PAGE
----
10. Hello, There is a problem with the current implementation of "SA-2", I've decided to make a post on this topic at last, I just wasn't sure if this should be mentioned here or in the sim research section. First of, the missile. Looking at the artwork for the tracking radar, this belongs to the S-75M Volchov system, these were compatible with 20D missiles and later. Currently used is 11D (known as V-750). It could be assumed that only the artwork is wrong (with clearly stated 11Д on the booster section, and painted all silver) however it is possible the coding is inconsistent as well, as the missiles differed from one another in many respects. Correct visuals for the 20D series is this (although more photos can be found online): This specifically being a 20DSU, with improved low-altitude performance and shortened to-ready time (from 90s to 20s), what would change among these is just the serial number including different prefix. Note also single radio-transparent window around the tip of the missile as well as four "ribs" with antennas for the radio-fuse in front of the main wings. Basic performance chart for this family of missiles (includes earlier systems, Dvina and Desna, and information on missile/fuel/warhead masses, motor thrusts in basic regimes - 20D had variable thrust, and even resistance to EW, namely missiles beacon strength and fuse resistivity to both active and passive jamming): V-755 (B-755) missiles are of interest here. Besides these the 5Ya23 (5я23) was used, marked as V-759 or 23D as well. This entered service in early-mid 70s intended against highly manoeuvrable targets. 5Ya23 looks a bit different, the radio transparent window is different, and instead of 4 ribs, the antennas are a single pair between yellow windows on the side of the nose: (Note 5Ya23 at the start of the serial number) Note also the different launcher (SM-90 as opposed to SM-63) needed: Current missile choice, being V-750 (11D), would belong to the oldest SA-75 system. The correct radar set, RSNA-75: Note the top parabolic antenna intended to look for the missile beacons. Later variants got rid of it and use the main radars for the purpose. It would be also compatible with RSNA-75M, of SA-75M Dvina, which got rid of the top antenna. This was in service, during 1970s, equipped with "dog-house" on top of the radar set for visual observer: In addition, it is missing auxiliary objects (present for example for HAWK system) necessary for its running - namely the main command post of the battery (the U-cabin) from which whole site is controlled - with the exception of visual observer on top of the radar set, noone actually sits inside of it, everyone is in trailers connected to it. The site also requires an inverter cabin and a set of 100W diesel-electric generators - however these can be omitted as outside combat the site is plugged into standard 3x220V electric grid. As there are still plenty former operators of these systems around I believe it would not be too difficult to confirm all the details.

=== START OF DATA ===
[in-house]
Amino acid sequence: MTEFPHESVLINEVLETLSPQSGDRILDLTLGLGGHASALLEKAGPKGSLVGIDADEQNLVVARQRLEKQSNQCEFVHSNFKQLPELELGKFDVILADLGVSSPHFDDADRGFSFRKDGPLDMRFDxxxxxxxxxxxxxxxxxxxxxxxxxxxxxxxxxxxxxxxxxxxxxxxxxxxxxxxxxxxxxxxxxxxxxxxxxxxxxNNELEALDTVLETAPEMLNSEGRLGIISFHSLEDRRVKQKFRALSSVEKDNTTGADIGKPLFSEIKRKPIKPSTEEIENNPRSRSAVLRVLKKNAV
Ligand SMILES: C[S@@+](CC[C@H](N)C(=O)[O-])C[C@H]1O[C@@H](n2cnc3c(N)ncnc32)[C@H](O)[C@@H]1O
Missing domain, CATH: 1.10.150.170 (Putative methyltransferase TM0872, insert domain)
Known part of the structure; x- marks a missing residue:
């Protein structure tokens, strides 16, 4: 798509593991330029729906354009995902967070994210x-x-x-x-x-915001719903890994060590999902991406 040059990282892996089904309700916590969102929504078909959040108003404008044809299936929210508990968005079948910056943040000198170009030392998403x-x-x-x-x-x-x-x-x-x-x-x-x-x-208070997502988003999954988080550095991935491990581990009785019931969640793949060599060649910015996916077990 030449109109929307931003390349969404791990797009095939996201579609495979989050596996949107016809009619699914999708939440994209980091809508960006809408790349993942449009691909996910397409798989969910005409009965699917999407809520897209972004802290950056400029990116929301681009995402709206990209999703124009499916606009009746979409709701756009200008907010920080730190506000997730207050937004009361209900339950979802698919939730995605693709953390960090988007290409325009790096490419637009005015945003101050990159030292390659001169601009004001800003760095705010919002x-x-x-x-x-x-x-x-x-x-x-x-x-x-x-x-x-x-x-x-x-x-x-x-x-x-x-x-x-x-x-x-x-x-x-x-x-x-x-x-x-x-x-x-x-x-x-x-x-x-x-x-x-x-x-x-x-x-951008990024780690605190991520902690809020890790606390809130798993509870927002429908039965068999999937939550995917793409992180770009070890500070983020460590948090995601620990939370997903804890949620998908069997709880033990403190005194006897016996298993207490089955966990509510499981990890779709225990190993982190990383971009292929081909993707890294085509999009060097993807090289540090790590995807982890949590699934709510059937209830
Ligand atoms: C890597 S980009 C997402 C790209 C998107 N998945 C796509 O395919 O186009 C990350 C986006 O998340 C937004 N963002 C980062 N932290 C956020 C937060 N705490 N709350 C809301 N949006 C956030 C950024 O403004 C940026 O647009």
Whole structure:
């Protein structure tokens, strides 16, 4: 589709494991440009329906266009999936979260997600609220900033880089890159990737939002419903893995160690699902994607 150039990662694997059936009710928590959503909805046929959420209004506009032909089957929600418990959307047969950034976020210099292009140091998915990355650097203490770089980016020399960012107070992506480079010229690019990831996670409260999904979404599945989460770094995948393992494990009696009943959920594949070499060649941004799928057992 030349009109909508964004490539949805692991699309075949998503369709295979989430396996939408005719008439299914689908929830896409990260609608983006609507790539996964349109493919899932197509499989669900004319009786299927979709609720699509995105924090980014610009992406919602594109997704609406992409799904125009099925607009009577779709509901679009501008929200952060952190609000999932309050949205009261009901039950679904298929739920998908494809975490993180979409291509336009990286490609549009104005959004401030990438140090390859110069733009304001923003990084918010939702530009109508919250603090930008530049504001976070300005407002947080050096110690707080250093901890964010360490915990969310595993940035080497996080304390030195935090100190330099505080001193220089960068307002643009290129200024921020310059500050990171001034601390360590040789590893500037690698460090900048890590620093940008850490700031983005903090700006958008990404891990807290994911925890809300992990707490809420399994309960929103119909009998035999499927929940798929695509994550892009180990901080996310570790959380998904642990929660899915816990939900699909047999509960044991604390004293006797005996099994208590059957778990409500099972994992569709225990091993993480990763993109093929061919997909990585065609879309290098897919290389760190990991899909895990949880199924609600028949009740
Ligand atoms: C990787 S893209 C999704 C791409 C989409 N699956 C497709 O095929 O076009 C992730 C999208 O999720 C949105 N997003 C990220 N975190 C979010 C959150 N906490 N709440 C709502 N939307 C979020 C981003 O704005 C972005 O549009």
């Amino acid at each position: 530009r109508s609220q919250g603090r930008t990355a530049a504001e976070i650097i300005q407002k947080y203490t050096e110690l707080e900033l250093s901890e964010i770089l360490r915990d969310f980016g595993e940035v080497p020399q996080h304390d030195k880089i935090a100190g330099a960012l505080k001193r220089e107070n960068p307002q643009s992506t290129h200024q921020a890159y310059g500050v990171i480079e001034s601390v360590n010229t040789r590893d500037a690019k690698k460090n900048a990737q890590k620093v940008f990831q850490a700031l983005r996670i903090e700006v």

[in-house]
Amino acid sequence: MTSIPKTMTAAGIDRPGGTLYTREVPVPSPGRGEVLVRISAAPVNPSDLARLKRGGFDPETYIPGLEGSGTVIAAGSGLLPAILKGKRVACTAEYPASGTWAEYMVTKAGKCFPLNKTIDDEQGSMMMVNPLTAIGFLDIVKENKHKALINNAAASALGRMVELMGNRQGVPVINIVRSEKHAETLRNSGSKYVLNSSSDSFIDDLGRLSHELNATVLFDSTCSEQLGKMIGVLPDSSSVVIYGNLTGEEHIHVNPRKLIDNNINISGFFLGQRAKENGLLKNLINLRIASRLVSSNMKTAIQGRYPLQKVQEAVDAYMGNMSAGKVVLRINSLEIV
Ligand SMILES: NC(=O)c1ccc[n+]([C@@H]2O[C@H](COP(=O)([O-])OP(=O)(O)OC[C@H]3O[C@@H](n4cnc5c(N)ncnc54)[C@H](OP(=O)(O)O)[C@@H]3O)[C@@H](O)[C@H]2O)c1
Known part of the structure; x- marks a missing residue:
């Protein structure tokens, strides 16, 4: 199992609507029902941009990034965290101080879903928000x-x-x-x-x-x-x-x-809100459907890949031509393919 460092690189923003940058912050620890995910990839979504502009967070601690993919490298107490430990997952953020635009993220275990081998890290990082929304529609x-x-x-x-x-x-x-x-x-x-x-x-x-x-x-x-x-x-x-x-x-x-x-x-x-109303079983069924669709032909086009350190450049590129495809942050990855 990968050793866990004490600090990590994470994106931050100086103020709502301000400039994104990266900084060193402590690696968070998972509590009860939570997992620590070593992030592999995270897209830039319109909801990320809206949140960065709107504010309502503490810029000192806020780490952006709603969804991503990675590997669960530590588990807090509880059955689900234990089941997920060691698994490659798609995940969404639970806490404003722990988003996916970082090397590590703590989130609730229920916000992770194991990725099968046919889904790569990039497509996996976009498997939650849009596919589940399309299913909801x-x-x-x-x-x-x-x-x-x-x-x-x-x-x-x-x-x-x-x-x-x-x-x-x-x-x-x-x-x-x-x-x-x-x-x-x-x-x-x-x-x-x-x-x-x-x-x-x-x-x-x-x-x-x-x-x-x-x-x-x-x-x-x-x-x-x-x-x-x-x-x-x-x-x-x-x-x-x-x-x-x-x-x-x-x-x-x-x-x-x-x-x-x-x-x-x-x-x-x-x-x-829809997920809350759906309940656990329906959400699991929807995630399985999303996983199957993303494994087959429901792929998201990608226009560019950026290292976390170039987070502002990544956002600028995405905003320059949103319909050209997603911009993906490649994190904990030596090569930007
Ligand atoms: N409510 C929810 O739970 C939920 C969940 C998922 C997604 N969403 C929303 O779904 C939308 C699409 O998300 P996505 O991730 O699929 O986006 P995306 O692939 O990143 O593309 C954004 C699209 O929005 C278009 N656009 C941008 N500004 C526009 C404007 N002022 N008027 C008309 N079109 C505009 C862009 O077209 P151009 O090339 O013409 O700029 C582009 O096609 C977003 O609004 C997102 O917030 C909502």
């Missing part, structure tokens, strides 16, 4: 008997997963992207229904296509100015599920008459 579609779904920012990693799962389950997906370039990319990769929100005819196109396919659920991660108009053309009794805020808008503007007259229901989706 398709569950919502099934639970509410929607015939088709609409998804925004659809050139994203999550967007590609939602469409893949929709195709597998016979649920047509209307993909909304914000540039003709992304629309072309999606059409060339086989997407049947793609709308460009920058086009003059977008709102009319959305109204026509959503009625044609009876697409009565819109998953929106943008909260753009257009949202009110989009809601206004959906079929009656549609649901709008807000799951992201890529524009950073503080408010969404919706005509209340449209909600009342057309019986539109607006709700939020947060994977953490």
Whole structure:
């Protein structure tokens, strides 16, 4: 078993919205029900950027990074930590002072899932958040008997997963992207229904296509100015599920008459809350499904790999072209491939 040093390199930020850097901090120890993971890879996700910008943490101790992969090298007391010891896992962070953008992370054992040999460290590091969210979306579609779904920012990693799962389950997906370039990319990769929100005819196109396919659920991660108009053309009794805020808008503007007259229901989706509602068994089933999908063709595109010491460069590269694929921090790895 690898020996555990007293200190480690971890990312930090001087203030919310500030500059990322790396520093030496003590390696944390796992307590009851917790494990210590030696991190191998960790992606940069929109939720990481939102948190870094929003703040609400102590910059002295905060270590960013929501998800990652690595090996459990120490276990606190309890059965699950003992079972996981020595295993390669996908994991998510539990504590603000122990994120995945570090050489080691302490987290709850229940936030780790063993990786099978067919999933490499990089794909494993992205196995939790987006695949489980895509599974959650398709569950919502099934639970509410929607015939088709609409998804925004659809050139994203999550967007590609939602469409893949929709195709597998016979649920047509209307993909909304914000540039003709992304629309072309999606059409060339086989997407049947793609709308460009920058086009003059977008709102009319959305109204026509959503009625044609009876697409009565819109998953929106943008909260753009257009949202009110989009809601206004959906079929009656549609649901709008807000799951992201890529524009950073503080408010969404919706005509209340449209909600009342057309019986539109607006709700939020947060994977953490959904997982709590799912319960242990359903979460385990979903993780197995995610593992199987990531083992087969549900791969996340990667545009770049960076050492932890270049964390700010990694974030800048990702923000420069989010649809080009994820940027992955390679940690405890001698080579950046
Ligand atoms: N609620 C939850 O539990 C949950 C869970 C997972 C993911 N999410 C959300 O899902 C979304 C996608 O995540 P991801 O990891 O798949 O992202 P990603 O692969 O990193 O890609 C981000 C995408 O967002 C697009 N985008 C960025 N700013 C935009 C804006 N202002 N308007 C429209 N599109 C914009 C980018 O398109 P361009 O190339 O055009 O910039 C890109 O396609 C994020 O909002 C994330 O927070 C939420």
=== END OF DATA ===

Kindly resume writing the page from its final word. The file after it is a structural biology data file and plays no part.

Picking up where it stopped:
11. Manual tables would be used for bombs on the MiG-23M. For ML, it's essentially the same as using ASP-17 on the Su-25 (and then some - as the implementation on the 25 is missing the air to air modes). Full CCIP and CCRP is included. For air to air there should be manually ranged gyro sight and (with radar lock) range and tracking-rate compensated sight (essentially MiG-29 style aerial gunnery, just using radar instead of laser).
  12. You can move the sweep selector anywhere you want, you just won't be able to lock it into a detent, so you'll have to compare with the sweep gauge (strategically positioned next to the HUD).
  13. Allow me to elaborate. Since MiG-21PFM variant, they did away with fowler flaps and used what's called blown flaps, or flaps with "boundary layer control" - SPS. Aircraft takes pressure from your engine's compressor and blows highly pressurised air over the top of your flaps to keep the air energised (and thus increasing lift, by some 900 kg). (Cutting throttle obviously results in no more air energisation, and you lose your lift.) Using SPS in turn decreases pressure in the engnie, so if you try lighting the afterburner - it won't. But the nozzle scheduler will still open the nozzle. This is why there's a dramatic decrease in pressure and thrust. In fact, if this happened to you at higher speeds, somewhere in stratosphere, your engine might as well implode from the pressure drop (it happened to a fair bit of our MiG-19's), it's just how jet engines work. In my opinion however, the 21 is still one of the easiest to land jets in DCS. I fail to understand how you ran out of energy on approach...
  14. the "N-008" value looks almost cosmetic, being a string, but definitely worth looking into
  15. And with those 2.5 m^2 you'd be looking at 18 km detection.